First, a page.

Fund managers are showing less optimism for global corporate profits, and are increasing cash allocations and reducing equity holdings as a result, according to Bank of America Merrill Lynch's monthly fund manager survey.
A major reason for derisking is that fund managers are now saying geopolitical risk is a greater risk to the stability of financial markets due to the Ukraine crisis.
A total of 27% of the 241 fund manager respondents to the survey from March 7 to March 13 said that a geopolitical crisis is the biggest tail risk, up from 12% in February.
A net 14% of fund managers are taking lower than average risk in March, up from a net 2% the previous month.
“It seems like (fund managers) are pretty worried about some of the geopolitical risk and emerging markets risk especially,” said Brian Leung, investment strategist at Bank of America Merrill Lynch, in a telephone interview. “Given the retrenchment this month, it makes us a little more bullish in the coming months, because people are a little more defensive than normal.”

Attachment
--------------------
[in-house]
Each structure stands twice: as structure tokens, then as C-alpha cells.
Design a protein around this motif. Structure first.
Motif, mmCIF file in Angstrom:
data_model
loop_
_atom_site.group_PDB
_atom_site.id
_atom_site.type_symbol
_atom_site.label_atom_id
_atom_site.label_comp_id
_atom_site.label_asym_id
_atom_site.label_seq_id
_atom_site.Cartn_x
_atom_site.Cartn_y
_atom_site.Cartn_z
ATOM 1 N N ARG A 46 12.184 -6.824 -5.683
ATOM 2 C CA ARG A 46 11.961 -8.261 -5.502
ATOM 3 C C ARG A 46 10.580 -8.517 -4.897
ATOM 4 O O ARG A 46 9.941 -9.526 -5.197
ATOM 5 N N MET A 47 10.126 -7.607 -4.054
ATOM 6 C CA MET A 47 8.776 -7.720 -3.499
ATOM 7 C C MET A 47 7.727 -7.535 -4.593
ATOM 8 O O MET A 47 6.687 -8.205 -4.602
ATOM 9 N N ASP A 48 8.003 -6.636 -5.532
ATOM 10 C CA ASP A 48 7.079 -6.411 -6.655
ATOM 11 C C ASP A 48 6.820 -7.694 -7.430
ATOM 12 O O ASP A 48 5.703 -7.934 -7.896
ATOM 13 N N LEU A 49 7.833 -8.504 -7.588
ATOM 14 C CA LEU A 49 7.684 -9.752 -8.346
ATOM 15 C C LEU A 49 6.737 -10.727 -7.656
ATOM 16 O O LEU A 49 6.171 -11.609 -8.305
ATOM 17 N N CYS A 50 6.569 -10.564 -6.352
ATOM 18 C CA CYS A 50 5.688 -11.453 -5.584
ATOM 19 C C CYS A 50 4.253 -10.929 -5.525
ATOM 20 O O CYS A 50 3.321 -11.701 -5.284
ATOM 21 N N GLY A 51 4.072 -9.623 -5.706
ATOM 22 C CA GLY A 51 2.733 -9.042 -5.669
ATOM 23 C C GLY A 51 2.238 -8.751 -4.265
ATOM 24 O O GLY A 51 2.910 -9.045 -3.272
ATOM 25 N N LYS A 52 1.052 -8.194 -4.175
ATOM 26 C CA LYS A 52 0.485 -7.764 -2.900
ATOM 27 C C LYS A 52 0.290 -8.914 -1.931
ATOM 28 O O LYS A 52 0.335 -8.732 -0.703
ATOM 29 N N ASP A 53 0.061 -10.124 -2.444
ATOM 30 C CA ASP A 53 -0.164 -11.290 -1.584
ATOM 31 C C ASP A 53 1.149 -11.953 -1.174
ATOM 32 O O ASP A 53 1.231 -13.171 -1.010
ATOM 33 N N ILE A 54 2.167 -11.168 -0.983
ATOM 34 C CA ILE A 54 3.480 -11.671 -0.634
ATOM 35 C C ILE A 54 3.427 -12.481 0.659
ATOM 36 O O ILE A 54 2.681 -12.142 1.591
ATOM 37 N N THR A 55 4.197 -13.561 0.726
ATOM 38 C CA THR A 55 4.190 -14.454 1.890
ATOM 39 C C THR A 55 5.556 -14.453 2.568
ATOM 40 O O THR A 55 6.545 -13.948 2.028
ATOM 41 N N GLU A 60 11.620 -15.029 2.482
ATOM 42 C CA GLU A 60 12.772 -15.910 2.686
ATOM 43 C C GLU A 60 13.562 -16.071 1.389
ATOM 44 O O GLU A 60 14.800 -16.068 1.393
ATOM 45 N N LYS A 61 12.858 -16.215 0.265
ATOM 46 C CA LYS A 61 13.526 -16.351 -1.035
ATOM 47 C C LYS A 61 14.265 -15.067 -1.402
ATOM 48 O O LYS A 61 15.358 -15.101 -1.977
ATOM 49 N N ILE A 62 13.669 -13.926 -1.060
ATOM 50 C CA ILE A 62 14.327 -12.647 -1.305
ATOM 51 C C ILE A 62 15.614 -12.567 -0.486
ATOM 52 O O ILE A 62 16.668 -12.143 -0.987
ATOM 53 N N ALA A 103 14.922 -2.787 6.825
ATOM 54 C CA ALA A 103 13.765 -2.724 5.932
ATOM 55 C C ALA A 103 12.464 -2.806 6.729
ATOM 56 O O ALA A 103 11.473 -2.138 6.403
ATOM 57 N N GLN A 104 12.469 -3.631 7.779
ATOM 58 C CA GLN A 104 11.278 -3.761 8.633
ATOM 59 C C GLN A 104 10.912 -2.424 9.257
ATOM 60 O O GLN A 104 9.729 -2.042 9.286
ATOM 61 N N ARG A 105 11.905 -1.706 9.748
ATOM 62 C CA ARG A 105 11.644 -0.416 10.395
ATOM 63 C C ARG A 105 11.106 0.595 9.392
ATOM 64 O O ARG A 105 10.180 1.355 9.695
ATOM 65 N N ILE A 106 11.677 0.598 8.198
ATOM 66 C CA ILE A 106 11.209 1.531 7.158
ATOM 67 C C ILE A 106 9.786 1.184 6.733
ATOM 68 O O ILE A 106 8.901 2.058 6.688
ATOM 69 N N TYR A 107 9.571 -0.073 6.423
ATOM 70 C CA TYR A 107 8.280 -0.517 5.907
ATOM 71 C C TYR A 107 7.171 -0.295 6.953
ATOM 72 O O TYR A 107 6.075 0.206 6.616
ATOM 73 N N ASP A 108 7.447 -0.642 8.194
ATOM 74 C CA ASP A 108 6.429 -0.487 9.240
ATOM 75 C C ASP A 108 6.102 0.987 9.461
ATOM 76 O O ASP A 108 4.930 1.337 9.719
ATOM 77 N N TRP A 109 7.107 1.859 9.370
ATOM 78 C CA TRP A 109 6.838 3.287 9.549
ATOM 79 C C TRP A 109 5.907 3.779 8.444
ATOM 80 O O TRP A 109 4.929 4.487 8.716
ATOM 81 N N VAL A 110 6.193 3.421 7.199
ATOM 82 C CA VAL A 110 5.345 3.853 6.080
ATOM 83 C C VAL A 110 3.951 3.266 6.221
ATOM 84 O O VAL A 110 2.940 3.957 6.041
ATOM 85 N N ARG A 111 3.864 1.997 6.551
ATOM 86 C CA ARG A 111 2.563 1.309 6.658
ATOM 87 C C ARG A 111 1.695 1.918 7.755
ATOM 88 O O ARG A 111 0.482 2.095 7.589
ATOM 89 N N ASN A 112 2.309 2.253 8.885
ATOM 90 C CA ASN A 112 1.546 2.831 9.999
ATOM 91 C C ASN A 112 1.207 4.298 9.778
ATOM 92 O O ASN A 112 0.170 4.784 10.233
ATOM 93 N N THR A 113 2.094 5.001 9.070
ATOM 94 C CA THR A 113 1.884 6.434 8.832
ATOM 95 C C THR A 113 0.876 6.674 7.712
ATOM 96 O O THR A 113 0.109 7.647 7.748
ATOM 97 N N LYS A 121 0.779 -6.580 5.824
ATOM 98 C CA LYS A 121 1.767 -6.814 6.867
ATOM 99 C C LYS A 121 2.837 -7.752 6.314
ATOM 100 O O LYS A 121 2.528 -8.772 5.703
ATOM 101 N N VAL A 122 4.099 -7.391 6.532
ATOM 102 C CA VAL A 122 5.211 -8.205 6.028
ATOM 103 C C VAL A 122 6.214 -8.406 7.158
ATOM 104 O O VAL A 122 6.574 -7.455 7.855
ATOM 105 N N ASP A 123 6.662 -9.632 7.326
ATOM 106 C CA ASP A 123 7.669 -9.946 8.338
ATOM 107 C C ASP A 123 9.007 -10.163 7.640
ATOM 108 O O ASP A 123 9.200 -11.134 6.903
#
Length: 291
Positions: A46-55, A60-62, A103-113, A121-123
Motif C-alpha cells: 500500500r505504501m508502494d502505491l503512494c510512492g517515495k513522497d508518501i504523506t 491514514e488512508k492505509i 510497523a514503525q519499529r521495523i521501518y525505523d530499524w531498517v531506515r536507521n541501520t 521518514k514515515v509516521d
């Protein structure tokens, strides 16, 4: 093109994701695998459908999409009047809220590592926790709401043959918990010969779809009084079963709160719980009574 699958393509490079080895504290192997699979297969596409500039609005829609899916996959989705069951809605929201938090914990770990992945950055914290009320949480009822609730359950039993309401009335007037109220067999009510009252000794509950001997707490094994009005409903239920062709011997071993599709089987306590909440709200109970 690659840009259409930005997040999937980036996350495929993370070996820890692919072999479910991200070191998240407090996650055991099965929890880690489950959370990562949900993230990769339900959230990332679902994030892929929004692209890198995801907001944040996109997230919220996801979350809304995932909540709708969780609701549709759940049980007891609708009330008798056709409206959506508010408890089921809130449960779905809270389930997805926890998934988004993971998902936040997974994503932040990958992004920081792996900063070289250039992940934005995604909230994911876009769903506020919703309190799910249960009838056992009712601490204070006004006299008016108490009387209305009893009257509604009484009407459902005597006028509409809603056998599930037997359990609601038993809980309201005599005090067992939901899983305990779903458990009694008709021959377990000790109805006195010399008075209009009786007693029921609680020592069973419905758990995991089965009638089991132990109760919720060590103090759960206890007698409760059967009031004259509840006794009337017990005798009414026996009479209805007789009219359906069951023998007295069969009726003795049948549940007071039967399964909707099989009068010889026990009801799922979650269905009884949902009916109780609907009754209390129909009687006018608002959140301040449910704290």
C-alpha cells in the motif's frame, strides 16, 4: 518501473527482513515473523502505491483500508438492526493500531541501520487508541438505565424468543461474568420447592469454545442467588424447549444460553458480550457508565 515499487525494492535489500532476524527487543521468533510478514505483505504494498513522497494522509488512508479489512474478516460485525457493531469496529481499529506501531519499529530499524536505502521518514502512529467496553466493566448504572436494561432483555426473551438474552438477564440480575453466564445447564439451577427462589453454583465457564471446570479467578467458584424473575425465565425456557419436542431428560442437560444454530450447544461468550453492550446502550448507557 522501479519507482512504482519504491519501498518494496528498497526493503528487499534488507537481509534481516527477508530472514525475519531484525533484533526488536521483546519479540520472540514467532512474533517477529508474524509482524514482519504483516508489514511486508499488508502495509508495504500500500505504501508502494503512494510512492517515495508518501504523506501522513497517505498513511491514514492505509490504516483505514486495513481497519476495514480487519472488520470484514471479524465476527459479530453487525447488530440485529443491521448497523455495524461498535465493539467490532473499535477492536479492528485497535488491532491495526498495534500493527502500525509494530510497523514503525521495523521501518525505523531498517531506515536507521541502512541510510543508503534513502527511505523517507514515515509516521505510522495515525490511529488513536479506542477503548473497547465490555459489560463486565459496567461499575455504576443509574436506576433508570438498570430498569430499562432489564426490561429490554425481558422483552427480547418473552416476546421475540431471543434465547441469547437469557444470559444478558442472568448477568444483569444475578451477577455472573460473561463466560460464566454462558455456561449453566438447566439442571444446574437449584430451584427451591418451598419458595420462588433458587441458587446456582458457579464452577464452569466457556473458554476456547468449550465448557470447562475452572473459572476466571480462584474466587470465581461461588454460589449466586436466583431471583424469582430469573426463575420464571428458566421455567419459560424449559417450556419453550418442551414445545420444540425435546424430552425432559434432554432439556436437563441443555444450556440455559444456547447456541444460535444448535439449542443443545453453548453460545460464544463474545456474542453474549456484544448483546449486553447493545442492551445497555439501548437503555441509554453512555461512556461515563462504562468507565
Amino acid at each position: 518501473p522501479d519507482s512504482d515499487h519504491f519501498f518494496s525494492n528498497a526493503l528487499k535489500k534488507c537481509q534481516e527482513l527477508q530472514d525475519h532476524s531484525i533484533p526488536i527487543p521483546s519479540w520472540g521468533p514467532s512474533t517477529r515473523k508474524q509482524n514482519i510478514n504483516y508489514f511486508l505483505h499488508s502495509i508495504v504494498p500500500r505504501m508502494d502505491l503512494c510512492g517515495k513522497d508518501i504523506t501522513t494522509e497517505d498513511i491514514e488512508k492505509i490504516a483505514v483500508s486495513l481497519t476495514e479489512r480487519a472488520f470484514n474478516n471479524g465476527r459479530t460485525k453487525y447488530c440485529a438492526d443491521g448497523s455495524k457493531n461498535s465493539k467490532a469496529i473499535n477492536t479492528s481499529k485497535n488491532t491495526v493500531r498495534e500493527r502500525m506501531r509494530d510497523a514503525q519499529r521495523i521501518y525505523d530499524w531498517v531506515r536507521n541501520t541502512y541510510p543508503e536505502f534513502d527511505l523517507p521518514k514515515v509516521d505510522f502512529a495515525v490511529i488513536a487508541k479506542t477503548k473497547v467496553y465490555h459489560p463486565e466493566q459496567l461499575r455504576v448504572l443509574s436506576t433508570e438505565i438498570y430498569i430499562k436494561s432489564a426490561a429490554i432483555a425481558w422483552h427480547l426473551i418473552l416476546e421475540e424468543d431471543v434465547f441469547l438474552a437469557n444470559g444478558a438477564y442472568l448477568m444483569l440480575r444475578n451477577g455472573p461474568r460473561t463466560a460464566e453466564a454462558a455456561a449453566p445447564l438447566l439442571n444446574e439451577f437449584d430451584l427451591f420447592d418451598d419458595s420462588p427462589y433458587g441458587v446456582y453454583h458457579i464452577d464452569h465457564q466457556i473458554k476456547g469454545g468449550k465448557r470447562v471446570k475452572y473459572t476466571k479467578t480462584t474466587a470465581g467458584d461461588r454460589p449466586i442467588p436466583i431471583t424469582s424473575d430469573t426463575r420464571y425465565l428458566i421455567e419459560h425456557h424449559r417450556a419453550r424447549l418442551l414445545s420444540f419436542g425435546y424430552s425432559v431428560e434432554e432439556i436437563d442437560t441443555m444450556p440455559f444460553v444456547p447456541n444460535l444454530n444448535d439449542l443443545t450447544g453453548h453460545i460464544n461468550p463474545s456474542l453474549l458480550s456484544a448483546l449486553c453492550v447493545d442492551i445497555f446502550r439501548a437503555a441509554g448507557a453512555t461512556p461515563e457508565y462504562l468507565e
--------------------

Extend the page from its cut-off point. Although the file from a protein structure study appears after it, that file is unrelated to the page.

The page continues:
A net 47% of regional fund managers in Asia-Pacific, Japan and global emerging markets expect China's economy to weaken in 2014, up from 41% in February, while the percentage of asset allocations that are underweight emerging markets rose to 31% this month, up two percentage points from February, a record low for the survey.
The 241 respondents manage a total of $636 billion in assets.